figure 3

Clinical course. Red line indicated BT changes. Blue line indicated CRP changes. Abbreviation: BT, bodily temperature; CRP, C-reactive protein

Fig. 4
figure 4

Admission 8 day chest CT. a The lesions in the upper lung field showed a mixture of improving and worsening lesions compared to the onset of disease. b The lesion was in the middle lung field, similar to the lesion in the upper lung field

Fig. 5
figure 5

Pulmonary blood flow scan on admission day 24. a Scanning frontal image. b Scanning of the rear image

Table 1 Results of blood panel on admission
Table 2 COVID-19 breakthrough infection after mRNA CVID-19 vaccination in hemodialysis patients (n = 42)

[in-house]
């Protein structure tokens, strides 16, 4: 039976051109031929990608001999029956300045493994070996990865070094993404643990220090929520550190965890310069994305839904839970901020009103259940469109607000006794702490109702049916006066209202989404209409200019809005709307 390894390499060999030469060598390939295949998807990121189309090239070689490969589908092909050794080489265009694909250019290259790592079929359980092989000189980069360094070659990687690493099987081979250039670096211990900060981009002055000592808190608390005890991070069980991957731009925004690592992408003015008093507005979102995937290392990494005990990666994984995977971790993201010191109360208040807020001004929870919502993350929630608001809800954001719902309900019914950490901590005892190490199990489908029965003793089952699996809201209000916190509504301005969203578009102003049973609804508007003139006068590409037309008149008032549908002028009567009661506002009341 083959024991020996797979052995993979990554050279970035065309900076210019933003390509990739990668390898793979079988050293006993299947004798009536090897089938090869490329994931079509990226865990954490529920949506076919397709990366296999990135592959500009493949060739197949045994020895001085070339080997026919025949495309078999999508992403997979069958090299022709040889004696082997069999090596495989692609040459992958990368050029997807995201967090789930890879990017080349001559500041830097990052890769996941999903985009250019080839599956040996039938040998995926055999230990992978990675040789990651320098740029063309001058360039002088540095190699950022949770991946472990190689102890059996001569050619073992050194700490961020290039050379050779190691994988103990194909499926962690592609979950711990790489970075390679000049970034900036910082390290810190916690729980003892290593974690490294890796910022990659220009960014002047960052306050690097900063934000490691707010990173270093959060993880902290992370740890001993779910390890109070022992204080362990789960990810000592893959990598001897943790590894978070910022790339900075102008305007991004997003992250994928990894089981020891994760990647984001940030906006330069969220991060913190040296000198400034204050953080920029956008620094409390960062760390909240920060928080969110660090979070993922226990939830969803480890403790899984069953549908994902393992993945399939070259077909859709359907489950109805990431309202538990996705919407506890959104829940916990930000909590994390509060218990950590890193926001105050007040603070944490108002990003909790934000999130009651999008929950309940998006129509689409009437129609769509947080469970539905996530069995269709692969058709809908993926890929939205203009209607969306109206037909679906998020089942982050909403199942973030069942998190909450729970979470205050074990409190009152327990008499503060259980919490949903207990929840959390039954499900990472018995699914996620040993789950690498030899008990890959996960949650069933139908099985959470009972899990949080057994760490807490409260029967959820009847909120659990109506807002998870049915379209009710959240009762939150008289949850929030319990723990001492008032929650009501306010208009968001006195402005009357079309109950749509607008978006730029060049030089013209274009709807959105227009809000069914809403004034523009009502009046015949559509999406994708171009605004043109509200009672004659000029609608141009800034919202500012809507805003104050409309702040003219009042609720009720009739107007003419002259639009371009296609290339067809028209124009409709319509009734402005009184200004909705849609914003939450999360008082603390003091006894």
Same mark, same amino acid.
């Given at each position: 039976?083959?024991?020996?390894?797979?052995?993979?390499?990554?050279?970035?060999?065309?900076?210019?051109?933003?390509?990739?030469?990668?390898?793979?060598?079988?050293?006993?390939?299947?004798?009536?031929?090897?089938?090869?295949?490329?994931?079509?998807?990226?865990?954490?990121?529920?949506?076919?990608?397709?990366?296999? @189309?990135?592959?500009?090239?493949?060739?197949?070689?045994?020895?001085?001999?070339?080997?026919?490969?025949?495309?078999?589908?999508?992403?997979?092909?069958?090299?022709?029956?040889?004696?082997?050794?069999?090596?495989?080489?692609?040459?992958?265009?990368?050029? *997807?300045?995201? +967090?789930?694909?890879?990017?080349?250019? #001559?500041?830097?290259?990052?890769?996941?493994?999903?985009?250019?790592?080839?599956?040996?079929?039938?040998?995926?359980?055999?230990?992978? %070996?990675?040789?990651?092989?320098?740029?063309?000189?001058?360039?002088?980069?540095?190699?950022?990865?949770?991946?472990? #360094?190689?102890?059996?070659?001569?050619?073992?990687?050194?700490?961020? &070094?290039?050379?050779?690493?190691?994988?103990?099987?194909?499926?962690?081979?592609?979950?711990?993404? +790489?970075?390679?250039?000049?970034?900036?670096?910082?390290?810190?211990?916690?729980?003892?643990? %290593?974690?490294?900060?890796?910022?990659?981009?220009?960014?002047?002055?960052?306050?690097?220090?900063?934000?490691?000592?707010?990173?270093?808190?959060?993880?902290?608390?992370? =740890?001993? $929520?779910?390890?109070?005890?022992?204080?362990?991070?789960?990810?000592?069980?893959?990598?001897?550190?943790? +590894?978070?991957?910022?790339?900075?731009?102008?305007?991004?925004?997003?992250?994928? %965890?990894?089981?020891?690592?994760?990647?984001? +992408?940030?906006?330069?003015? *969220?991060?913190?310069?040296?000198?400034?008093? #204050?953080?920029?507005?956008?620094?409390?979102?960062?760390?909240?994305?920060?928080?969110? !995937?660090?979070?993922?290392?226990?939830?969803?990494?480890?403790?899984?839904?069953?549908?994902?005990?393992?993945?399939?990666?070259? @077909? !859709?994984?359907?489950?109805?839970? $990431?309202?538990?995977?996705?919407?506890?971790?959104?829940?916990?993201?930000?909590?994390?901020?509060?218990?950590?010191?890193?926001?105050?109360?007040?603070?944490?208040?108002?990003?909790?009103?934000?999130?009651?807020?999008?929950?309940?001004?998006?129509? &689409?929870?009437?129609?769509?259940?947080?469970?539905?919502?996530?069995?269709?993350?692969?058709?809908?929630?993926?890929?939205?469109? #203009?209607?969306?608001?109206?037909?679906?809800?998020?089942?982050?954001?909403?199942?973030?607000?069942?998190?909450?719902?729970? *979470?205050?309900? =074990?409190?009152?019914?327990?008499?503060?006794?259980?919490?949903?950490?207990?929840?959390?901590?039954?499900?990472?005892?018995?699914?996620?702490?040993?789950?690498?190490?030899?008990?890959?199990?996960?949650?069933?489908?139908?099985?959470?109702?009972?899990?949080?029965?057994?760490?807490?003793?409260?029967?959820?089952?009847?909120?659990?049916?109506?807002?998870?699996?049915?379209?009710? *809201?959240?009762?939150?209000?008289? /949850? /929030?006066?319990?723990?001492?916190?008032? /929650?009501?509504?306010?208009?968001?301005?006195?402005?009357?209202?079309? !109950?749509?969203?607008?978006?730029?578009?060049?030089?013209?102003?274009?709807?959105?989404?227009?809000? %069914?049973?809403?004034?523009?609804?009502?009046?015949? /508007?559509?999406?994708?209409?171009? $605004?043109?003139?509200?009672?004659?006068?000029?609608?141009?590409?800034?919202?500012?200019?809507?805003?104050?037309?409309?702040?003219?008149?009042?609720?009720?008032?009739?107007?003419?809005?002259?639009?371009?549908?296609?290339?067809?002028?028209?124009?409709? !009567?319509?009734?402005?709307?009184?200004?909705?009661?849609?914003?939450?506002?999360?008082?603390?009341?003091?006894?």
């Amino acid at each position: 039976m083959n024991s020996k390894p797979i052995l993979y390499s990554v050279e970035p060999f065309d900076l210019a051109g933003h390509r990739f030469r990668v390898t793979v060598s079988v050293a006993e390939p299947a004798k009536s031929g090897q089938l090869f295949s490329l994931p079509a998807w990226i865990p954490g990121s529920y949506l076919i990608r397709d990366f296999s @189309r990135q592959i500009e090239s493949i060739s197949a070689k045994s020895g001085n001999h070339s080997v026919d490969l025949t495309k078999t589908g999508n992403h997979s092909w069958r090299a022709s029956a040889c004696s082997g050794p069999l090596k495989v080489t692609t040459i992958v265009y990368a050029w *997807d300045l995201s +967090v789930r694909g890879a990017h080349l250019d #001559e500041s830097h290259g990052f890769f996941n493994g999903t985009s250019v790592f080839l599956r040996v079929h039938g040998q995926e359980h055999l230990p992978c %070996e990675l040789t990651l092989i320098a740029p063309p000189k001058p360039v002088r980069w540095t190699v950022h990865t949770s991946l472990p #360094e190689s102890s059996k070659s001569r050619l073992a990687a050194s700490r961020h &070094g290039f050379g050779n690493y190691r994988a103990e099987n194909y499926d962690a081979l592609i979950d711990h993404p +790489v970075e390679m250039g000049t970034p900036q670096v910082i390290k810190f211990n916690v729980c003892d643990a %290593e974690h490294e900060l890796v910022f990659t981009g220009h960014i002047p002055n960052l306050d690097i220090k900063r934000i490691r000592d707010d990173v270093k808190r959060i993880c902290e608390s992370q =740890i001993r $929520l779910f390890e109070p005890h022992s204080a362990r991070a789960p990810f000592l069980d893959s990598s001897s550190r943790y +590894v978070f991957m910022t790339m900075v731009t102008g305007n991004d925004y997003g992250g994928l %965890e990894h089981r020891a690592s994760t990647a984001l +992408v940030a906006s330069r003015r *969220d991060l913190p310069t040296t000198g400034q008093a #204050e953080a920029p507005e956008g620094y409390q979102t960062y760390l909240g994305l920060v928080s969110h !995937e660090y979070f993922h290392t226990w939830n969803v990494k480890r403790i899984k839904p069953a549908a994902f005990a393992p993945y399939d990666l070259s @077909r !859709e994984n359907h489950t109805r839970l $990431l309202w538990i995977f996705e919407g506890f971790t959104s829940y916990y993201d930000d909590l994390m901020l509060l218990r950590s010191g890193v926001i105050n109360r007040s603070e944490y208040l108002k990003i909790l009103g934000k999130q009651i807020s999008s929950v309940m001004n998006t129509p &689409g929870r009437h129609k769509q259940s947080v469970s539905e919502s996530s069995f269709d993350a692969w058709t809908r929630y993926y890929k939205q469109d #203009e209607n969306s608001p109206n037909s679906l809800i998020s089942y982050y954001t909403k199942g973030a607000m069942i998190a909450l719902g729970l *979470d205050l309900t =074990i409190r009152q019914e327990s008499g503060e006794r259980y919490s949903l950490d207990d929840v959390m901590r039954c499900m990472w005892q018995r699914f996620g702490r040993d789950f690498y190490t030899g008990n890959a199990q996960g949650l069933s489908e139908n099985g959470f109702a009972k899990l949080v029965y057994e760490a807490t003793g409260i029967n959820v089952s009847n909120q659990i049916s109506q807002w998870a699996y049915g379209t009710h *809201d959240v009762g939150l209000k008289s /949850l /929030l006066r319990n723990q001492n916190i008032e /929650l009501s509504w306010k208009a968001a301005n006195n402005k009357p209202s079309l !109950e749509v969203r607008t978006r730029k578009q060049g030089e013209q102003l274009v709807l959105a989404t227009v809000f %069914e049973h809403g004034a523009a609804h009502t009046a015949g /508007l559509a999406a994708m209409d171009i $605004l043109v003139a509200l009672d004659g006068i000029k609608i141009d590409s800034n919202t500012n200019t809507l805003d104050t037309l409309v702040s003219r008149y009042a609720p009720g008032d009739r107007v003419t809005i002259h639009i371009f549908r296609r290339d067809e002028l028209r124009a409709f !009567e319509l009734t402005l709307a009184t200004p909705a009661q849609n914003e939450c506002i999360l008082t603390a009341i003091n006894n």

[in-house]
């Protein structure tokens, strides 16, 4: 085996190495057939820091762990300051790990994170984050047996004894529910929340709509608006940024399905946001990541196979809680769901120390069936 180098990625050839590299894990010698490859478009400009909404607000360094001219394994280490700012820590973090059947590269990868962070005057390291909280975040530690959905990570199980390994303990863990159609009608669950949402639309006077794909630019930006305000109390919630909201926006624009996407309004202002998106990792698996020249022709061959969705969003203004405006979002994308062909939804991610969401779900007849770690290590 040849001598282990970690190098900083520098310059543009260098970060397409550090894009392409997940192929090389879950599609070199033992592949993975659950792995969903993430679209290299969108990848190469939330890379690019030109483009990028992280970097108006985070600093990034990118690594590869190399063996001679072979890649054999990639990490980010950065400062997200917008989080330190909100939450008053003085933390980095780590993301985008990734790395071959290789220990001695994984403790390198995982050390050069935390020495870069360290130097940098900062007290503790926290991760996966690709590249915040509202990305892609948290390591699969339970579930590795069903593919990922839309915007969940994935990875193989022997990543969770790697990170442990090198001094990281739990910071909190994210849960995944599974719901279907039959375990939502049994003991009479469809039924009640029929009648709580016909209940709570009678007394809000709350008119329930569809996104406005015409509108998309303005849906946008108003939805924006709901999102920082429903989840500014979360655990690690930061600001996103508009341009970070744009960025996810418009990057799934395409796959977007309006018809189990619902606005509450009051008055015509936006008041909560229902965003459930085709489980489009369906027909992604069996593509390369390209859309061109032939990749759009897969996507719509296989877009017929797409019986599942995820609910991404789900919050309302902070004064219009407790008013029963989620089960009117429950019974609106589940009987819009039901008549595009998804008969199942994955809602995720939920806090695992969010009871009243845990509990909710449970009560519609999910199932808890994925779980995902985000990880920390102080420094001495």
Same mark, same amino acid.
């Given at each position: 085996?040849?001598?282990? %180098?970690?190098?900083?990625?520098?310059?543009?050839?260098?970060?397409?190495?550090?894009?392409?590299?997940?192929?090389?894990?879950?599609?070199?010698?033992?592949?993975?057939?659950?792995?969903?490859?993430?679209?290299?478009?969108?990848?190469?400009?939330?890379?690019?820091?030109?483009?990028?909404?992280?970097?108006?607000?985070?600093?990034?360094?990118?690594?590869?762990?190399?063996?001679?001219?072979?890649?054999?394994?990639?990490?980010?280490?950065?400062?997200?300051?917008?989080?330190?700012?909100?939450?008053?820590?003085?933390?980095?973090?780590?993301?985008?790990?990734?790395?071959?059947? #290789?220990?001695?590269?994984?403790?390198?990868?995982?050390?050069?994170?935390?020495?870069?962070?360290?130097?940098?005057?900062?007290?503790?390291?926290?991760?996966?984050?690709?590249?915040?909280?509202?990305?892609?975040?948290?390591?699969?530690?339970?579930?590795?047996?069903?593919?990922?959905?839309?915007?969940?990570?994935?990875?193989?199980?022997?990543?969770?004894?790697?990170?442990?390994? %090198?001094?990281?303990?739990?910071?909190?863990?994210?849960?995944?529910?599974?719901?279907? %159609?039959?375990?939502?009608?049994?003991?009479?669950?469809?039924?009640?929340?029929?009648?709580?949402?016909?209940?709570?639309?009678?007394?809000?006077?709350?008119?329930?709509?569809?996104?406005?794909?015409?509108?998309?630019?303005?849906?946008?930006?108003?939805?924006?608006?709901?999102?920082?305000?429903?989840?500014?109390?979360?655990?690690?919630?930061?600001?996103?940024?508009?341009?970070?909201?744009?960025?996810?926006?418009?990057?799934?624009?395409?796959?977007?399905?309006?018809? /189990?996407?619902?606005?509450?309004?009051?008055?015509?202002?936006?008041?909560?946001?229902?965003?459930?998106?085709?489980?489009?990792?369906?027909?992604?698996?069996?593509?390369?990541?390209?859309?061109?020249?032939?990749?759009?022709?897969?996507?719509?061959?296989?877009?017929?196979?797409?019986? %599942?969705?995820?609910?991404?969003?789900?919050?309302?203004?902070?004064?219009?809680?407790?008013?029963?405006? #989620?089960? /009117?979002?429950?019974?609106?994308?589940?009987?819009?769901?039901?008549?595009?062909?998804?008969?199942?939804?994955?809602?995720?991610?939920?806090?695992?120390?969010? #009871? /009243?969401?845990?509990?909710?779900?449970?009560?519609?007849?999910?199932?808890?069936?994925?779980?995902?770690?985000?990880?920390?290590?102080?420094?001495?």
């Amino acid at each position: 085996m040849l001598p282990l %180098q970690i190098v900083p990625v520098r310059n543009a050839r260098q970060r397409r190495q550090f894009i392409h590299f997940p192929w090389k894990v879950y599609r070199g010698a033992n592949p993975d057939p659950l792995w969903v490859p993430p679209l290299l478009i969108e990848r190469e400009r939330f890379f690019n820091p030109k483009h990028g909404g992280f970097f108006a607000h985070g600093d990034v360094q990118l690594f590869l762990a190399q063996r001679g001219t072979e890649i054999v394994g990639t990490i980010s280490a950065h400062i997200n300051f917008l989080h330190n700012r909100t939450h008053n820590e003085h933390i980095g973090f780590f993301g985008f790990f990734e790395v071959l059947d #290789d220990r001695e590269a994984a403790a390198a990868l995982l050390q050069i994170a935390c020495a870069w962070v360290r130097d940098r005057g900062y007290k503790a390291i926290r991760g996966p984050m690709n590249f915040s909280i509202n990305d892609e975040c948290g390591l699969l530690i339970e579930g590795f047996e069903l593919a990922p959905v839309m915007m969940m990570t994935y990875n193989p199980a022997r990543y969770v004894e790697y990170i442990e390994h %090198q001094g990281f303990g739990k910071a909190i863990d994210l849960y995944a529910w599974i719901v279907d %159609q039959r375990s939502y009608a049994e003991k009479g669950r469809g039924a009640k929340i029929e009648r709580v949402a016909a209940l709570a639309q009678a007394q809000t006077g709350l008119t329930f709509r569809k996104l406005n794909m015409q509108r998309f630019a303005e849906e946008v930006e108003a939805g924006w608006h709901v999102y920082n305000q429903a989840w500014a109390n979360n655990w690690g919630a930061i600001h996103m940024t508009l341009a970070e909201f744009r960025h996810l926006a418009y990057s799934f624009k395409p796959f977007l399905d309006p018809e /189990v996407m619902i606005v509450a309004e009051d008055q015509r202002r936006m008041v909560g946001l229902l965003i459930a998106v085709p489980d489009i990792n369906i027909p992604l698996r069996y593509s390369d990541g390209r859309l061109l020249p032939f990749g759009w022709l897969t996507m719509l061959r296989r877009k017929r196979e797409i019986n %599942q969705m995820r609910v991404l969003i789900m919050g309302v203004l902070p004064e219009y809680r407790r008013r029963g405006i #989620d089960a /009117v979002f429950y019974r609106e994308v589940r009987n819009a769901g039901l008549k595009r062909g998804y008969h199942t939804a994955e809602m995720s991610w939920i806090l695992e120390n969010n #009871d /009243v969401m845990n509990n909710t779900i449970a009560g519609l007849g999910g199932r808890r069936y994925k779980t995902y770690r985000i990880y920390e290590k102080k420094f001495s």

The Omicron variant of SARS-CoV-2 has a higher rate of transmission than the earlier variants, which has led to its reported predominance in at least one study in every country where it was tested [4]. Fortunately, the risk of serious outcomes after SARS-CoV-2 infection is substantially lower for Omicron than for Delta and other variants [5,6,7]. The reason for the lower virulence of the Omicron strain is reportedly related to the finding that this virus multiplies primarily in the upper airway mucosa rather than in the lungs, possibly because interferon production in the airway mucosa inhibits replication of this strain in the lungs [9, 10]. Consequently, Omicron efficiently infects human airways but not the alveolar epithelium. Even with Omicron, however, there are reports of severe COVID-19 cases among hemodialysis patients [11, 12].